HealthDay News — There is no association between average 24-hour urine sodium levels and conversion from clinically isolated syndrome (CIS) to clinically definite multiple sclerosis (MS), according to a study published in the Annals of Neurology.
Kathryn C. Fitzgerald, ScD, from the Johns Hopkins School of Medicine in Baltimore, and colleagues examined whether a high-salt diet is associated with faster conversion from CIS to MS. A total of 465 patients with CIS provided a median of 14 spot urine samples during 5-year follow-up of the BENEFIT trial.
The researchers observed no correlation between average 24-hour urine sodium levels and conversion to clinically definite MS over the 5-year follow-up (hazard ratio [HR] 0.91; 95% CI, 0.67-1.24 per 1 g increase in estimated daily sodium intake). There were also no associations with clinical or magnetic resonance imaging (MRI) outcomes (new active lesions after 6 months: HR 1.05 [95% CI, 0.97-1.13]; relative change in T2 lesion volume: −0.11 [95% CI, −0.25-0.04]; change in Expanded Disability Status Scale: −0.01 [95% CI, −0.09-0.08]; relapse rate: HR 0.78 [95% CI, 0.56-1.07]). In categorical analyses using quintiles, the results were similar.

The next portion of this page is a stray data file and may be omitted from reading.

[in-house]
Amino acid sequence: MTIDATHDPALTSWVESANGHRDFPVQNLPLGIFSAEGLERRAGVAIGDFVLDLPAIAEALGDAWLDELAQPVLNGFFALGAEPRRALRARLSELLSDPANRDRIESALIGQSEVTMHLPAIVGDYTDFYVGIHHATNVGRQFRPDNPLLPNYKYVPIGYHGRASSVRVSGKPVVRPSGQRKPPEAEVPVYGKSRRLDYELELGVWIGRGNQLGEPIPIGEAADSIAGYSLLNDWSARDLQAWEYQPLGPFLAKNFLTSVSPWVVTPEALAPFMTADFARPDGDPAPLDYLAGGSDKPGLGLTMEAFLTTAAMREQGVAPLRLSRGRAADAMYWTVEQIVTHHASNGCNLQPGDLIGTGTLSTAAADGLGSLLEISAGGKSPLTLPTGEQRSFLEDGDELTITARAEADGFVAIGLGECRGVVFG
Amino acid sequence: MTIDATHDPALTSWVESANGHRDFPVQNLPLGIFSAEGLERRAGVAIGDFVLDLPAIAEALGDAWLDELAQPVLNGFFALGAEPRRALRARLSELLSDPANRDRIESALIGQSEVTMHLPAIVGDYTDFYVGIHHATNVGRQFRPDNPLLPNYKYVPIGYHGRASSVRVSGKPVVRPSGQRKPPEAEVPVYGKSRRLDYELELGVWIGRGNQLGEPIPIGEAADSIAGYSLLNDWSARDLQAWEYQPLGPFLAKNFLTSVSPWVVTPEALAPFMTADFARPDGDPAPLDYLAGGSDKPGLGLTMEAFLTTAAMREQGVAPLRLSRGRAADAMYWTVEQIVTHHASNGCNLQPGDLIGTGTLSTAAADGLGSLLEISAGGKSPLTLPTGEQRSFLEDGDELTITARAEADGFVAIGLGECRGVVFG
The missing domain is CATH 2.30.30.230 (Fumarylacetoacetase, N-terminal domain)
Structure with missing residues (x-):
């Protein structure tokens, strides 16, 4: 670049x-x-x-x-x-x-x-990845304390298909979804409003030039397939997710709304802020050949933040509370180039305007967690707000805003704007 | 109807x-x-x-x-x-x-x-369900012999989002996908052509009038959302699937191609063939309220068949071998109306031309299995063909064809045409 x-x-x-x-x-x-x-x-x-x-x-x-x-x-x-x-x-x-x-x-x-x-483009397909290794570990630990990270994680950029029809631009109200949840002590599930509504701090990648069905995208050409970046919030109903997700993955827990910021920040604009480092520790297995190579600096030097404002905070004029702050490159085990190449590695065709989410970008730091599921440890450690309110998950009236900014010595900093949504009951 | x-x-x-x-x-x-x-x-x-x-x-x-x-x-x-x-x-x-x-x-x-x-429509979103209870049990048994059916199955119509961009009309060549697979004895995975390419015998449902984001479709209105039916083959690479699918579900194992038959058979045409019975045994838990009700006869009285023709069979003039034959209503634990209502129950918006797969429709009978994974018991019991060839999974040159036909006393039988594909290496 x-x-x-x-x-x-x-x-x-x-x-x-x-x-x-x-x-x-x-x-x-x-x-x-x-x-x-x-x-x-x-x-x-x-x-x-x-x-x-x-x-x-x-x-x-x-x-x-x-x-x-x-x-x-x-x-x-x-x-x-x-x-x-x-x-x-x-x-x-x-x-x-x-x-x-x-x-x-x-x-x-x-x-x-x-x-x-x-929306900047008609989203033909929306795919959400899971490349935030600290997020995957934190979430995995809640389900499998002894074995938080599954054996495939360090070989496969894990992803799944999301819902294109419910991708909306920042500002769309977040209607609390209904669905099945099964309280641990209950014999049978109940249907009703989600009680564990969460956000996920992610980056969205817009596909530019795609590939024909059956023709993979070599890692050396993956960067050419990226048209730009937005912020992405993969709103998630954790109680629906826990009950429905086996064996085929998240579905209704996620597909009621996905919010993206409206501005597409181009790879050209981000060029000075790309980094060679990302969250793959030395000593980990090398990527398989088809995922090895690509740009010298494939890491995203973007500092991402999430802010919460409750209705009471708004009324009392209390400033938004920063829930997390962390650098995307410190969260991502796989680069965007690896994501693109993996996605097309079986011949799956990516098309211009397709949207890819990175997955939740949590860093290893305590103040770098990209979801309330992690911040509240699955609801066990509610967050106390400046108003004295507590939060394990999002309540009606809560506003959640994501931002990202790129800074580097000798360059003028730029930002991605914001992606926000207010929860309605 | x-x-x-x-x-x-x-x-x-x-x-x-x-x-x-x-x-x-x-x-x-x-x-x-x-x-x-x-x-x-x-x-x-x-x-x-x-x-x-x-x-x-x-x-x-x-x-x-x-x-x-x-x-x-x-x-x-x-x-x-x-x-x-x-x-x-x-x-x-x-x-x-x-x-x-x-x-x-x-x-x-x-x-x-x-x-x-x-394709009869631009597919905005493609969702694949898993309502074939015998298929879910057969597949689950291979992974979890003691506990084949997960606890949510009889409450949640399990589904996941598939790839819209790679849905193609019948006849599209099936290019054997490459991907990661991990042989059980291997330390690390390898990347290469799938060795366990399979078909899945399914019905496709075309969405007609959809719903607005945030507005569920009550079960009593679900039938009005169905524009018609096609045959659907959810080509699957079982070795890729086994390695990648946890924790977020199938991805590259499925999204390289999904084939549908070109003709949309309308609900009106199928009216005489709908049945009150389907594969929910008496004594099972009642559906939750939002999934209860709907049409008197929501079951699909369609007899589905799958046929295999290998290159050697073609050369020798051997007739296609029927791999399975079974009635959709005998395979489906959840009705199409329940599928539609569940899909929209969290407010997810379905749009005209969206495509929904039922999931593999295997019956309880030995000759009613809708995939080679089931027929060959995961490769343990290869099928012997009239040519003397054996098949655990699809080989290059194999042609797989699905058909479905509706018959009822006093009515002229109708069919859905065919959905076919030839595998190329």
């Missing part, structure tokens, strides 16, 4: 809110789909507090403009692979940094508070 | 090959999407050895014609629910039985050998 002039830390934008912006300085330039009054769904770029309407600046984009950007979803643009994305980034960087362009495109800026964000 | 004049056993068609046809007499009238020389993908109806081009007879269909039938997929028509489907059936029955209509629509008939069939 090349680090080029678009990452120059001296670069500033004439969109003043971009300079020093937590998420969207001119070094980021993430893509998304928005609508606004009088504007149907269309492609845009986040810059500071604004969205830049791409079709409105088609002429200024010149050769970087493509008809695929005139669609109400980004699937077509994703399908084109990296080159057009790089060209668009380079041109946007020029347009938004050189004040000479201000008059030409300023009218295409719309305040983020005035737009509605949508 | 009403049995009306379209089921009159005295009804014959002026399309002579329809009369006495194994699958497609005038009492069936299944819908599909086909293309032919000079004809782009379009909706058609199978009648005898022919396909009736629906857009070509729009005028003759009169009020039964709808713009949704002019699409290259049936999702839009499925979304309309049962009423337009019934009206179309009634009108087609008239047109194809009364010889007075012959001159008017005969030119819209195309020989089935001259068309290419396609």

“Our results, based on multiple assessments of urine sodium excretion over 5 years and standardized clinical and MRI follow-up, suggest that salt intake does not influence MS disease course or activity,” the authors wrote.
Disclosure: One author is an employee of Bayer AG.
Fitzgerald KC, Munger KL, Hartung HP, et al. Sodium intake and multiple sclerosis activity and progression in BENEFIT [published online May 26, 2017]. Ann Neurol. doi:10.1002/ana.24965